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Origin of the name Italy
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History of Italy
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Ancient Civilisations

Several civilasations flourished on Italian soil: the Greeks, Ligurians, Italiots, Etruscans and Romans.


Rome was founded by Romulus In 753 BC according to the legend. In fact it was formed by the union of Latin and Sabine villages in the 8th century BC.

Carthage and Rome fought for the supremacy over the Mediterranean area during the First (264-241 BC) and Second Punic Wars (218 to 201 BC). Carthage abandons Sicily to the Romans at the end of the First Punic War.
Hannibal crosses the Alps and defeats the Romans at Lake Trasimeno during the Second Punic War. Scipio finally defeats Hannibal at Zama in 202 BC.

The Roman Republic is formed in 509 BC: the king's powers are transferred to two consuls, elected for one year.

The first triumvirate (Pompey, Crassus, Julius Cesar) is formed in 60 BC.

Julius Ceasar declares himself the first Emperor of the Roman Empire, but is killed in 44 BC.

The second Triumvirate (Octavius and Antony and Lepidus) in 43 BC.

The Early Roman Empire (27BC to 284 AD) sees the Julio-Claudian dynasty (Augustus, Tiberius, Caligula, Claudius, Nero), the Flavian dynasty(Vespasian, Titus, Domitian) and the Severus dynasty (Septimius Severus, Caracalla, Heliogabalus, Alexander Severus, Decius, Valerian, Aurelian).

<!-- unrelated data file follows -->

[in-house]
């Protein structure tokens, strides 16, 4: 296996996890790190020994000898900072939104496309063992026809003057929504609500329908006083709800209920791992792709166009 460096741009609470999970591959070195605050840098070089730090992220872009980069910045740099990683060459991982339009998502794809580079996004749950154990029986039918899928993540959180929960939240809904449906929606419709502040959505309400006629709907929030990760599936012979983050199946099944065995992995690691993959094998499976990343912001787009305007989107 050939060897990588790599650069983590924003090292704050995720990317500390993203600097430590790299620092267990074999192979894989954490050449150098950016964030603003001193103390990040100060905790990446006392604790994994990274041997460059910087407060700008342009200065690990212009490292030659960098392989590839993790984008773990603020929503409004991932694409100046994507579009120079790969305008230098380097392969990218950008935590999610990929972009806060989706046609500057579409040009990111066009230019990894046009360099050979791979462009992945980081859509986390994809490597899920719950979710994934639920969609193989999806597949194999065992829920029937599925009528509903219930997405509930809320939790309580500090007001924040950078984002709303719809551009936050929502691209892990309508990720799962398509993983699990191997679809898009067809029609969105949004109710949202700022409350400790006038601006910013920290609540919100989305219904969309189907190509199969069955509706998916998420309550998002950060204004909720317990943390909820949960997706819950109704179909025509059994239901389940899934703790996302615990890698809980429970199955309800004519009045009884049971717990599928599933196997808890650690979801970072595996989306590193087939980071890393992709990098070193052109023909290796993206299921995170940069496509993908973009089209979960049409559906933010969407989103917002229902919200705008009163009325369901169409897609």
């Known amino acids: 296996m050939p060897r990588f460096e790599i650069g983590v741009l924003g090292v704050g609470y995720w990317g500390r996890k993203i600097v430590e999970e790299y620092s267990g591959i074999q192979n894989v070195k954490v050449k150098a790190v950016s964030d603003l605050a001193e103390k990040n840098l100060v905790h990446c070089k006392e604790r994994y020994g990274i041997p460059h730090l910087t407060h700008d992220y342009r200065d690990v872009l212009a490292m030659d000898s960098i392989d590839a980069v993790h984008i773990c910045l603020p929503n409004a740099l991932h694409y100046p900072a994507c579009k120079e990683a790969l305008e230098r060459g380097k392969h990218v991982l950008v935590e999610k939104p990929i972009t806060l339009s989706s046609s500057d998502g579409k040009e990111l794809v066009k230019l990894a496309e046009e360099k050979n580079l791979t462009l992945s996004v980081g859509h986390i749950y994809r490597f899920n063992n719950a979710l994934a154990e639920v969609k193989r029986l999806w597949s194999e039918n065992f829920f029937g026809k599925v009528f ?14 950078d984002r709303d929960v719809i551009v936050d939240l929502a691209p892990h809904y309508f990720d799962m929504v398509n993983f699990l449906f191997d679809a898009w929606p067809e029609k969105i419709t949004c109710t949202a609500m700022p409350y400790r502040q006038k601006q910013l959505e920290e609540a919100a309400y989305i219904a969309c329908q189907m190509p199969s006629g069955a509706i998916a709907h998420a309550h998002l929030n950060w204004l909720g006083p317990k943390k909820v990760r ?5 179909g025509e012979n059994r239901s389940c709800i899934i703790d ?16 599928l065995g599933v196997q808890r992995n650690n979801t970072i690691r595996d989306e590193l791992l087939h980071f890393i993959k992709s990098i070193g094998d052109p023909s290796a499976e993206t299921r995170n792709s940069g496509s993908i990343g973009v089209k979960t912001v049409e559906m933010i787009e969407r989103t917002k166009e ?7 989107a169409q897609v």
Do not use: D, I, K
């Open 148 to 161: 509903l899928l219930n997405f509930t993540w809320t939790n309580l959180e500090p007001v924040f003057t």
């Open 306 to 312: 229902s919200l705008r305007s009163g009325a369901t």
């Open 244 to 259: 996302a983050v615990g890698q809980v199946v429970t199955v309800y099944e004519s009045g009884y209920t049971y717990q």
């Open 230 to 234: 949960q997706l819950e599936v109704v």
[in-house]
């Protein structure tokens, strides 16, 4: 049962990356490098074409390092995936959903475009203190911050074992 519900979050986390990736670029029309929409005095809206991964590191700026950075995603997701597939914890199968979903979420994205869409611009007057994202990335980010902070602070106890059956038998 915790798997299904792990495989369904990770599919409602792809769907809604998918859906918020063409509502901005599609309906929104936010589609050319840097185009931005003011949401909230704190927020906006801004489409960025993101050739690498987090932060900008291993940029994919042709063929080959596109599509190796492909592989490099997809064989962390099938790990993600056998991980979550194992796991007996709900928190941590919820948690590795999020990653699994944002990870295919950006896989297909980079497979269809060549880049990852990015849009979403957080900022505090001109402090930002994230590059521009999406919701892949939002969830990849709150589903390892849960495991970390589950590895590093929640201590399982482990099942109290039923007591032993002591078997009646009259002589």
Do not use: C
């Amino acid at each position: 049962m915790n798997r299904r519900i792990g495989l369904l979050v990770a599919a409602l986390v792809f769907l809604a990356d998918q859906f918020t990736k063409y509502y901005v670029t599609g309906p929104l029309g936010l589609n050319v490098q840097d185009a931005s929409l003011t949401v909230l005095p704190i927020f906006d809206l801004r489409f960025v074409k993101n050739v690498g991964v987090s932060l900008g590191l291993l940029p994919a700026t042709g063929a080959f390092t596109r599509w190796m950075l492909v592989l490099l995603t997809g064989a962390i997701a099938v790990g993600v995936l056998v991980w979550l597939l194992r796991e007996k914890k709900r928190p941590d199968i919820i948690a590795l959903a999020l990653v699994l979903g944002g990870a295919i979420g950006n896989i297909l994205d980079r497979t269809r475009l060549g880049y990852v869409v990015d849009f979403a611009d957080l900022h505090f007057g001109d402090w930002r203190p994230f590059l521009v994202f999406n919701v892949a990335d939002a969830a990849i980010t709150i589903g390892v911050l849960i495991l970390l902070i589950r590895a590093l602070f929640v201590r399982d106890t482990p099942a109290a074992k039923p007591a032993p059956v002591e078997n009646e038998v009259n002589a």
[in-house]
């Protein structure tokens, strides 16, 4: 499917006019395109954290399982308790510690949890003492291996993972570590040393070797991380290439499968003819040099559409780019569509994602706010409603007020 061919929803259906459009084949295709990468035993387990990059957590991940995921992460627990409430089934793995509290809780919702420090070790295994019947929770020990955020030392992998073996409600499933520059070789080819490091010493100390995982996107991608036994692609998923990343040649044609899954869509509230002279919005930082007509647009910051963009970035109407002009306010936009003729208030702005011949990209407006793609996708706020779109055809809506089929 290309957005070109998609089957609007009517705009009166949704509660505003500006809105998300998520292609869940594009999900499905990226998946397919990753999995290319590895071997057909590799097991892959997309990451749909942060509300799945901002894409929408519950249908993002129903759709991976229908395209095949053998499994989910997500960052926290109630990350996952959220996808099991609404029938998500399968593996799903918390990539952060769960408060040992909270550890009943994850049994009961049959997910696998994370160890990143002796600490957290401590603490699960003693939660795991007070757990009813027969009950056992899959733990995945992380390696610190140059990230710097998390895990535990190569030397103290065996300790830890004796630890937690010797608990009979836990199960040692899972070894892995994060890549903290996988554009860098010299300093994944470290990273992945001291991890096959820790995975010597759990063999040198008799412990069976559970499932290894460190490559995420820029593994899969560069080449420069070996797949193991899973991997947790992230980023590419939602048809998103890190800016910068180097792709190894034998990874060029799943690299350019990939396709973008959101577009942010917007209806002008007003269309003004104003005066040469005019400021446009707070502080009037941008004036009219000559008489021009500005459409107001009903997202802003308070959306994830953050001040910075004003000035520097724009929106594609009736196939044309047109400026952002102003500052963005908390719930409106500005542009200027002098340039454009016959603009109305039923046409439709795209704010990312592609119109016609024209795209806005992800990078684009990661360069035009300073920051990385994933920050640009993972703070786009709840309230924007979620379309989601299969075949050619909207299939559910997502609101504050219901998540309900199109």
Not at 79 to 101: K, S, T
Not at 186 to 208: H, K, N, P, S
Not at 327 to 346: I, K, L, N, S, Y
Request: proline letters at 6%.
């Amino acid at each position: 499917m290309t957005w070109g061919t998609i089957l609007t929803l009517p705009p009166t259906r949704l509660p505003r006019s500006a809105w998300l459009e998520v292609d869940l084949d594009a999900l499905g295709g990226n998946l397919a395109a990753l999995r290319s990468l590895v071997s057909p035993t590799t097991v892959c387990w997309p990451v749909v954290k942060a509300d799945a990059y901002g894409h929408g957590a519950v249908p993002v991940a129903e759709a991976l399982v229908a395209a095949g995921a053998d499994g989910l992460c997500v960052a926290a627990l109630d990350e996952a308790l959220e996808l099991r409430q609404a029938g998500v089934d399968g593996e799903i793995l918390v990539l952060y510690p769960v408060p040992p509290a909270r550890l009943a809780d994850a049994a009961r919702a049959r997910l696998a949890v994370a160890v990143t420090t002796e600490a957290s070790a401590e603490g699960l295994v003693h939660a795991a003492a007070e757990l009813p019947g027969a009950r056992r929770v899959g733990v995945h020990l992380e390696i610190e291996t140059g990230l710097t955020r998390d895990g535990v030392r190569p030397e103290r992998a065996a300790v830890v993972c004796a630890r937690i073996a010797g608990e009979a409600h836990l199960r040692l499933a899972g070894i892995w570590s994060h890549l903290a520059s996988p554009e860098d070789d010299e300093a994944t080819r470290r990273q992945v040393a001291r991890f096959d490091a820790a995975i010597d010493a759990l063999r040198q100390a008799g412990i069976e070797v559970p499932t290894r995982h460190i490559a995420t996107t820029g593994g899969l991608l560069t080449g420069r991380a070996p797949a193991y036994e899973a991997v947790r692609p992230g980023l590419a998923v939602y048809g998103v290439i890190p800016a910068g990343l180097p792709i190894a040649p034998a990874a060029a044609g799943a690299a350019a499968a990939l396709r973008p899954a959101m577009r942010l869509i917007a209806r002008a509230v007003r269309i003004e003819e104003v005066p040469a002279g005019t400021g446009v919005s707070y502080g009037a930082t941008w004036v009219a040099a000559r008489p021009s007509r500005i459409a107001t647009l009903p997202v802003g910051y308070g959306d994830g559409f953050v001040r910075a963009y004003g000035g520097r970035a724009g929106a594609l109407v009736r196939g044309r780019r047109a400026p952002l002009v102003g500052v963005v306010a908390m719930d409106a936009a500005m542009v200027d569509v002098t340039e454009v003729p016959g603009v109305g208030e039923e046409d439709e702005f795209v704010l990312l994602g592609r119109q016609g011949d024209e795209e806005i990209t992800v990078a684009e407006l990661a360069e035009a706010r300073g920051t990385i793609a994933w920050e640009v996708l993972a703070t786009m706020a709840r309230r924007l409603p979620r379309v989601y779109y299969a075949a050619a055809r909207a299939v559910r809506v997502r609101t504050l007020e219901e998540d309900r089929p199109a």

The Later Empire (284-476 AD) starts with the reign of Diocletian and the institution of Tetrachy or 4-man government.

The deposition of the Emperor Romulus Augustus by Odoacer results in the fall of the Western Roman Empire in 476 AD.

Otto I the great, Duke of Saxony, King of Germany and King of Italy
founds the Holy Roman Empire in 962 AD.

A struggle between the Church and the Roman Empire lasts more than a century 11C. to 1250 AD.

The French influence in the Empire is at its peak in 13C.

1492 marks the fall of the Eastern Roman Empire, the same year the Genoese explorer Christopher Columbus discovers America.

The Renaissance

The centre and the north of Italy flourished thanks to the commercial activity of craftsmen and merchants, as well as through wide-ranging banking activities. Merchants and bankers who had settled at the courts of Italian rulers spread the influence of Italian civilisation.

During this period the political and cultural influence of Florence achieved its peak under the patronage of the Medici dynasty. Other influential patrons of that time were the Sforza of Milan, the Este of Ferrara, the Montefeltro of Urbino, the Gonzaga of Mantua and the Roman Popes Julius II and Leo X.

As trade shifted towards the Atlantic the maritime Republics (Genoa, Amalfi, Pisa, Venice) declined and the political fragmentation of the country further facilitated the emergence of more powerful nation-states emerging in the rest of Europe.

The Napoleonic era

Napoleon's campaign in Italy starts in 1713 with the creation of the Cispadan Republic.

Napoleon transforms the Italian Republic into a Kingdom in 1805.

1815 marks the fall of the Napoleonic regime.


In 1831 the Young Italy movement was founded by Giuseppe Mazini and resulted in the First War of Independance against Austria. Camillo Cavour and Garibaldi were the further architects of Italy's independance.

On March 17, 1861 Italy officially became a Kingdom with Turin as its capital and Victor Emmanuel as King.

Rome was proclamed the capital of unified Italy in 1871.